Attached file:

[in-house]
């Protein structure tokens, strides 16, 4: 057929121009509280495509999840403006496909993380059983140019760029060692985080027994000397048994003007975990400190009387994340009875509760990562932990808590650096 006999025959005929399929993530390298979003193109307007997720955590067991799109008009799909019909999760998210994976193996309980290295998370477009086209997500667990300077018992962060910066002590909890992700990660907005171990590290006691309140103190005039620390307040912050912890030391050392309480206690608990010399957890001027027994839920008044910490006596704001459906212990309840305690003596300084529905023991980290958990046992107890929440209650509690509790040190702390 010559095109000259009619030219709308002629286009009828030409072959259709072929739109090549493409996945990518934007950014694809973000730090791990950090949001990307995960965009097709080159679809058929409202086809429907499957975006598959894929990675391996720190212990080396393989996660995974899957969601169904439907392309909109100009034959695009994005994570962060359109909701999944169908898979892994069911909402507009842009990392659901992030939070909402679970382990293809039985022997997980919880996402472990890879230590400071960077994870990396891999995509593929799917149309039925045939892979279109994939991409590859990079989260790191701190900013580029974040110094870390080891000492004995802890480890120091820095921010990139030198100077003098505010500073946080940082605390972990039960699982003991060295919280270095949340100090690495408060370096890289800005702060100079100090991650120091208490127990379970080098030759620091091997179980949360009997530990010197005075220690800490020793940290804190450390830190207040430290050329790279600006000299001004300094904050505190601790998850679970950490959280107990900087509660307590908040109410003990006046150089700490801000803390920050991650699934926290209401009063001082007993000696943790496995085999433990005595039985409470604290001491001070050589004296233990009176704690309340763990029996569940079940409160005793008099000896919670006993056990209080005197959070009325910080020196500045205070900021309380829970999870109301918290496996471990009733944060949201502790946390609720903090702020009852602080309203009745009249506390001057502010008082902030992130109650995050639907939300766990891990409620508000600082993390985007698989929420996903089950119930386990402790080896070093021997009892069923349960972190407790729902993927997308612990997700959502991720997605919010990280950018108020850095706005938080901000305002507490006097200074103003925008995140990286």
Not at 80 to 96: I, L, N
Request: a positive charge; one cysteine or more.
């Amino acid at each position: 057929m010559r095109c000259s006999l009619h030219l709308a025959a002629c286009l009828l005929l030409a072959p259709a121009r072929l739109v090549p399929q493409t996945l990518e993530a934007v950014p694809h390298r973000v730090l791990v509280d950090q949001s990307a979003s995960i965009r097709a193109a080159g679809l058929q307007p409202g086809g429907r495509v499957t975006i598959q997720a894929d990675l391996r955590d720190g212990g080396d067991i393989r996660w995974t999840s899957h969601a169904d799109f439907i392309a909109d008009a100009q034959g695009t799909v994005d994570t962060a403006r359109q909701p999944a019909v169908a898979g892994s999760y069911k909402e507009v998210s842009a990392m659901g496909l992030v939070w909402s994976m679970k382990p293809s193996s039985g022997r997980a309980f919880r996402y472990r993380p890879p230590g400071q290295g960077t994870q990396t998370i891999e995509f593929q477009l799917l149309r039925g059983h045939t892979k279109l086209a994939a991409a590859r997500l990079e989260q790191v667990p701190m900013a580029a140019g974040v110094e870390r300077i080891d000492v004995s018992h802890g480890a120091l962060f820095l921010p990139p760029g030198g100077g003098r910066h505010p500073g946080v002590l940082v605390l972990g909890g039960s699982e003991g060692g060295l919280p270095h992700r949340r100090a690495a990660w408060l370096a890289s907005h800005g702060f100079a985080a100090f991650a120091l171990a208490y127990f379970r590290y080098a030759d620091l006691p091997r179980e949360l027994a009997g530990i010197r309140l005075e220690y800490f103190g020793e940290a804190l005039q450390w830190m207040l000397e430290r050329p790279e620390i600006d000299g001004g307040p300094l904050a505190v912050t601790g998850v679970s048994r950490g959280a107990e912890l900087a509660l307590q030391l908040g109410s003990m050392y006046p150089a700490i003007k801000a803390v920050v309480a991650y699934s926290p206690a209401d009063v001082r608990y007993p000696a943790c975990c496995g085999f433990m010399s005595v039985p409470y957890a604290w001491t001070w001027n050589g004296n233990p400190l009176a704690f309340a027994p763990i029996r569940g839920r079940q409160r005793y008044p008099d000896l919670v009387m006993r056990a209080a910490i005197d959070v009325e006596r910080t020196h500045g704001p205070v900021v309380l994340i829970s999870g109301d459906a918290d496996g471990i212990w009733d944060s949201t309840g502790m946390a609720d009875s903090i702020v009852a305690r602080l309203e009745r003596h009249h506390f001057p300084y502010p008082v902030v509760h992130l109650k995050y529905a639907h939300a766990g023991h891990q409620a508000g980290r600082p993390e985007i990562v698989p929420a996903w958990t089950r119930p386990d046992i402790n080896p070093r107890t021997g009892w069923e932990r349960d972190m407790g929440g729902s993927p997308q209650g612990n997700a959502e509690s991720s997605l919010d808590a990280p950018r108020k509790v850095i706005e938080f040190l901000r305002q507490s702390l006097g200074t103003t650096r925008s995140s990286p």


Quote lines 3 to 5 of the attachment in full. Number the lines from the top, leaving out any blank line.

Not at 80 to 96: I, L, N
Request: a positive charge; one cysteine or more.
């Amino acid at each position: 057929m010559r095109c000259s006999l009619h030219l709308a025959a002629c286009l009828l005929l030409a072959p259709a121009r072929l739109v090549p399929q493409t996945l990518e993530a934007v950014p694809h390298r973000v730090l791990v509280d950090q949001s990307a979003s995960i965009r097709a193109a080159g679809l058929q307007p409202g086809g429907r495509v499957t975006i598959q997720a894929d990675l391996r955590d720190g212990g080396d067991i393989r996660w995974t999840s899957h969601a169904d799109f439907i392309a909109d008009a100009q034959g695009t799909v994005d994570t962060a403006r359109q909701p999944a019909v169908a898979g892994s999760y069911k909402e507009v998210s842009a990392m659901g496909l992030v939070w909402s994976m679970k382990p293809s193996s039985g022997r997980a309980f919880r996402y472990r993380p890879p230590g400071q290295g960077t994870q990396t998370i891999e995509f593929q477009l799917l149309r039925g059983h045939t892979k279109l086209a994939a991409a590859r997500l990079e989260q790191v667990p701190m900013a580029a140019g974040v110094e870390r300077i080891d000492v004995s018992h802890g480890a120091l962060f820095l921010p990139p760029g030198g100077g003098r910066h505010p500073g946080v002590l940082v605390l972990g909890g039960s699982e003991g060692g060295l919280p270095h992700r949340r100090a690495a990660w408060l370096a890289s907005h800005g702060f100079a985080a100090f991650a120091l171990a208490y127990f379970r590290y080098a030759d620091l006691p091997r179980e949360l027994a009997g530990i010197r309140l005075e220690y800490f103190g020793e940290a804190l005039q450390w830190m207040l000397e430290r050329p790279e620390i600006d000299g001004g307040p300094l904050a505190v912050t601790g998850v679970s048994r950490g959280a107990e912890l900087a509660l307590q030391l908040g109410s003990m050392y006046p150089a700490i003007k801000a803390v920050v309480a991650y699934s926290p206690a209401d009063v001082r608990y007993p000696a943790c975990c496995g085999f433990m010399s005595v039985p409470y957890a604290w001491t001070w001027n050589g004296n233990p400190l009176a704690f309340a027994p763990i029996r569940g839920r079940q409160r005793y008044p008099d000896l919670v009387m006993r056990a209080a910490i005197d959070v009325e006596r910080t020196h500045g704001p205070v900021v309380l994340i829970s999870g109301d459906a918290d496996g471990i212990w009733d944060s949201t309840g502790m946390a609720d009875s903090i702020v009852a305690r602080l309203e009745r003596h009249h506390f001057p300084y502010p008082v902030v509760h992130l109650k995050y529905a639907h939300a766990g023991h891990q409620a508000g980290r600082p993390e985007i990562v698989p929420a996903w958990t089950r119930p386990d046992i402790n080896p070093r107890t021997g009892w069923e932990r349960d972190m407790g929440g729902s993927p997308q209650g612990n997700a959502e509690s991720s997605l919010d808590a990280p950018r108020k509790v850095i706005e938080f040190l901000r305002q507490s702390l006097g200074t103003t650096r925008s995140s990286p």